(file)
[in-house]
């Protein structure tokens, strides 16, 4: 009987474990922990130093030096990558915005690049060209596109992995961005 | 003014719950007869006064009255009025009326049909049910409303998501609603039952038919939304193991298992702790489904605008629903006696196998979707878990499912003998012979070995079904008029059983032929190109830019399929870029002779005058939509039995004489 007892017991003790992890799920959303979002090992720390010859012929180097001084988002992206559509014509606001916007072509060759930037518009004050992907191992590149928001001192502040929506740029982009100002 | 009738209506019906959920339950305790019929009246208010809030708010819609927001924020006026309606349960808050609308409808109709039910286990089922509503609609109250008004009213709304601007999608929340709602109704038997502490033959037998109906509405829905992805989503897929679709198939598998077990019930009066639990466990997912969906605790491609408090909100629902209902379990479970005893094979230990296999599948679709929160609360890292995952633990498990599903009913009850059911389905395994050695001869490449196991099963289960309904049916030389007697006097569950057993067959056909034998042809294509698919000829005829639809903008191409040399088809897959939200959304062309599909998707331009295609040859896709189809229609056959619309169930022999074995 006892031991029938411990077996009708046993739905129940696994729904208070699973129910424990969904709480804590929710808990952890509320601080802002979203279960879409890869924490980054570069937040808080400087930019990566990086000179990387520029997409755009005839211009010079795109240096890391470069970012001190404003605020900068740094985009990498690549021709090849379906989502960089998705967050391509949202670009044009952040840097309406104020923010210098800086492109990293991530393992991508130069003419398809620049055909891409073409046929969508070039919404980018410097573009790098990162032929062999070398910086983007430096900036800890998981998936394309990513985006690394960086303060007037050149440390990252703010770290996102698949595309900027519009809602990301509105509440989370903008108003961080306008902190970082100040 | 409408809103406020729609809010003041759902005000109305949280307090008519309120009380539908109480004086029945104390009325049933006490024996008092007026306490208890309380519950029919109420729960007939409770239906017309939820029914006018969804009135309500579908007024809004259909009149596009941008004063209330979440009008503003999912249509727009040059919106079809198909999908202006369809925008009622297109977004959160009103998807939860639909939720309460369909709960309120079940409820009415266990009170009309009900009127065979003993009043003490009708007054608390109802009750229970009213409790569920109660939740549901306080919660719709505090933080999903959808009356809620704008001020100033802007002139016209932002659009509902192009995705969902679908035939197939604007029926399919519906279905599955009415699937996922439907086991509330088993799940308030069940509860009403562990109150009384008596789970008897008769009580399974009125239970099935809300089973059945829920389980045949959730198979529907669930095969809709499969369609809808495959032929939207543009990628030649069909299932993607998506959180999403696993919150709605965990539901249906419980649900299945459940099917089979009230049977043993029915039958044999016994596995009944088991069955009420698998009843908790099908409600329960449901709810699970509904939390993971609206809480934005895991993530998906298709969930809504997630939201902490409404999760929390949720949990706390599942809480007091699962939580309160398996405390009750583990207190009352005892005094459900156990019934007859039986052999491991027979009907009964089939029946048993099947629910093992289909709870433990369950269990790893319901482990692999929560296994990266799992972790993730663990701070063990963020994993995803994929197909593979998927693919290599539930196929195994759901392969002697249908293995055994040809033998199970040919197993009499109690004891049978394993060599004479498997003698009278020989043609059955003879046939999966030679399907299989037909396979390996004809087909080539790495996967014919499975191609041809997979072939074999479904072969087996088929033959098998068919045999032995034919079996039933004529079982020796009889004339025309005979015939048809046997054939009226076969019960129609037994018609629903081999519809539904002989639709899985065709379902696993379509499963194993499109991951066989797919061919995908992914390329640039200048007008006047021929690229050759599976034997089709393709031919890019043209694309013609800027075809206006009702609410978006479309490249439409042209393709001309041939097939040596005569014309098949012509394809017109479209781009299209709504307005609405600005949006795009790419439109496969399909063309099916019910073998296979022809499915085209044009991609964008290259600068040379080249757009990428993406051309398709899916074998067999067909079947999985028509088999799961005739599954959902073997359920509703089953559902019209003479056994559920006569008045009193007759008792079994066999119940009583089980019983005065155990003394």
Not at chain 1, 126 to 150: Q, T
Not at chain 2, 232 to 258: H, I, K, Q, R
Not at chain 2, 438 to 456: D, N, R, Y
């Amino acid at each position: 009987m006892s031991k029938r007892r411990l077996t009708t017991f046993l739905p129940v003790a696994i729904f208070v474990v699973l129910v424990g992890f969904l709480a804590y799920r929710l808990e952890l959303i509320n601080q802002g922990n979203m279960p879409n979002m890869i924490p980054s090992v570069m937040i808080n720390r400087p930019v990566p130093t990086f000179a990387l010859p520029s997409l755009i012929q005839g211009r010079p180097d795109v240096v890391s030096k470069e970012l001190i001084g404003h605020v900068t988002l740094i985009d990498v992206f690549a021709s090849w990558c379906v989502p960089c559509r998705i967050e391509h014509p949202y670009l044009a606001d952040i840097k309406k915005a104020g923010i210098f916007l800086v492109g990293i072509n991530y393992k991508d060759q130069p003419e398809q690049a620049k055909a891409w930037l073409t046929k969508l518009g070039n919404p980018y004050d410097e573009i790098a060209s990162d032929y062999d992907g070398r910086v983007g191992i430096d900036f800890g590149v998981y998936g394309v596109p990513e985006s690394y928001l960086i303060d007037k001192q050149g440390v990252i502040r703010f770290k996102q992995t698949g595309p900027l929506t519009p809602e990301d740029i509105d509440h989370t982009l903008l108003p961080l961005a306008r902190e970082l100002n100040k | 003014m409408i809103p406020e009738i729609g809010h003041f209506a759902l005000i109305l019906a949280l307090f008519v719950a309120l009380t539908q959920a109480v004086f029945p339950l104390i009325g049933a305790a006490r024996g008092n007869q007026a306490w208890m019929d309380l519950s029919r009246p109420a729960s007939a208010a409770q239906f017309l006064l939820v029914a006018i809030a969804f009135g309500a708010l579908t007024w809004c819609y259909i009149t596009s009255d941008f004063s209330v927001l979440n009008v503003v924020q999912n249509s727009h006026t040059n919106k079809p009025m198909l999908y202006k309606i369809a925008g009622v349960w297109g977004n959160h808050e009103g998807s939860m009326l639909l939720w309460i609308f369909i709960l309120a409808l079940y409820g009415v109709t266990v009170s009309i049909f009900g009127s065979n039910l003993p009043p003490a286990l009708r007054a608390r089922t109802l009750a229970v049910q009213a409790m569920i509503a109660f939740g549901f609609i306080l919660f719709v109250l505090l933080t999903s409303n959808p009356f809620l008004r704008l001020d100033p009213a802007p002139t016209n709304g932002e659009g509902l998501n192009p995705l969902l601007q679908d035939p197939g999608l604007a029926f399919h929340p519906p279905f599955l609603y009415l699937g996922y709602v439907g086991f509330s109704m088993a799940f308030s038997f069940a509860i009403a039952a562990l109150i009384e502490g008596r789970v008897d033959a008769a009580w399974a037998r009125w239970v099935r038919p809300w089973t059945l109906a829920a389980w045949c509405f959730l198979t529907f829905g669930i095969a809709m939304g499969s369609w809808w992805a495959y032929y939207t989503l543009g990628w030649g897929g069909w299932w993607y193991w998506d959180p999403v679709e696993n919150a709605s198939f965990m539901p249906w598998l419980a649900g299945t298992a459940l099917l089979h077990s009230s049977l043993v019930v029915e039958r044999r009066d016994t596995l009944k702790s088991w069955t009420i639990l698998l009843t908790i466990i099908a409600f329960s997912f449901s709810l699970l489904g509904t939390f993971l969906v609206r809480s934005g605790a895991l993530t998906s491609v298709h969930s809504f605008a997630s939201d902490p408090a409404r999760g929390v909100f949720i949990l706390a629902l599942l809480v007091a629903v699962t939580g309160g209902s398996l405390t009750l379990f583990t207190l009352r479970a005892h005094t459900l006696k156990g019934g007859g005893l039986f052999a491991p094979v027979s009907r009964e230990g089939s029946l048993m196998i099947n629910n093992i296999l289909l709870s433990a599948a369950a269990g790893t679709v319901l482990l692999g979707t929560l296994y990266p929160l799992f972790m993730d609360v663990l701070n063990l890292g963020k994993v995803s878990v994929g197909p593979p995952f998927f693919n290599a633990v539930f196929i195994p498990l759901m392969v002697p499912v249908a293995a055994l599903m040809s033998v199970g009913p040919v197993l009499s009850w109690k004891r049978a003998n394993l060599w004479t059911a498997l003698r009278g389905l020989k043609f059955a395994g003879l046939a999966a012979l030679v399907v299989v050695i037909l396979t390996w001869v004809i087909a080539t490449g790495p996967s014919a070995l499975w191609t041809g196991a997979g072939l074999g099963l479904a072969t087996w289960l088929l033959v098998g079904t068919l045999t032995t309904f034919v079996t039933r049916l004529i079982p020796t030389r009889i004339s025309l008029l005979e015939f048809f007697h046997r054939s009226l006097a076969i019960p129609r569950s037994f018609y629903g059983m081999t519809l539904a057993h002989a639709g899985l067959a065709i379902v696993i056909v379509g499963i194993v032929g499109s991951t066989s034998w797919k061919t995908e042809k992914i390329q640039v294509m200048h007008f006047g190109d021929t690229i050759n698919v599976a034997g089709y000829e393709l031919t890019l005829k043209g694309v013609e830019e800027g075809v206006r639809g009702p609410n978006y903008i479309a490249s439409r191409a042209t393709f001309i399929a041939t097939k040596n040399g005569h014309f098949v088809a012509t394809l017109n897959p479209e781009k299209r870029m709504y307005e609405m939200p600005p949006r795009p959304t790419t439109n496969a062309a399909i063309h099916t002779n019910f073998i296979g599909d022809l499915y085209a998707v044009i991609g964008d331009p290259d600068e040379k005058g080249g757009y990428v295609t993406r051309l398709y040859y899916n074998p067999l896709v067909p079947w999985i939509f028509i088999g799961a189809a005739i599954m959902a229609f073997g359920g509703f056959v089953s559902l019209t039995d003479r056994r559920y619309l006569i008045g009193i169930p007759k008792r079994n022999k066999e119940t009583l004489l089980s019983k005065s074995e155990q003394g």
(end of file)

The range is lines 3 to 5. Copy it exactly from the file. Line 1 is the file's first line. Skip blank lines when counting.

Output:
Not at chain 1, 126 to 150: Q, T
Not at chain 2, 232 to 258: H, I, K, Q, R
Not at chain 2, 438 to 456: D, N, R, Y